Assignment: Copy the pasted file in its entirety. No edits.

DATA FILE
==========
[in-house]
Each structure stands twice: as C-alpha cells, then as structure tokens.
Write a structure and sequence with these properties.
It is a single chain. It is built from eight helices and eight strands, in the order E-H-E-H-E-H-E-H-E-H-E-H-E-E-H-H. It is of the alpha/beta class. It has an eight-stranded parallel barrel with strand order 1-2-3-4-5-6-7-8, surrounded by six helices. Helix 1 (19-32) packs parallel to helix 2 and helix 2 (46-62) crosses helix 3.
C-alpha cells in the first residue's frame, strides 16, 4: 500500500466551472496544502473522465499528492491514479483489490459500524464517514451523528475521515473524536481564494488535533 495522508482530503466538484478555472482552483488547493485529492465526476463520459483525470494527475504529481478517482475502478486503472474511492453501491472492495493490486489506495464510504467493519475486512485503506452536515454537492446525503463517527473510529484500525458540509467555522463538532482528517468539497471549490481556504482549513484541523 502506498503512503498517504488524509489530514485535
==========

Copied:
[in-house]
Each structure stands twice: as C-alpha cells, then as structure tokens.
Write a structure and sequence with these properties.
It is a single chain. It is built from eight helices and eight strands, in the order E-H-E-H-E-H-E-H-E-H-E-H-E-E-H-H. It is of the alpha/beta class. It has an eight-stranded parallel barrel with strand order 1-2-3-4-5-6-7-8, surrounded by six helices. Helix 1 (19-32) packs parallel to helix 2 and helix 2 (46-62) crosses helix 3.
C-alpha cells in the first residue's frame, strides 16, 4: 500500500466551472496544502473522465499528492491514479483489490459500524464517514451523528475521515473524536481564494488535533 495522508482530503466538484478555472482552483488547493485529492465526476463520459483525470494527475504529481478517482475502478486503472474511492453501491472492495493490486489506495464510504467493519475486512485503506452536515454537492446525503463517527473510529484500525458540509467555522463538532482528517468539497471549490481556504482549513484541523 502506498503512503498517504488524509489530514485535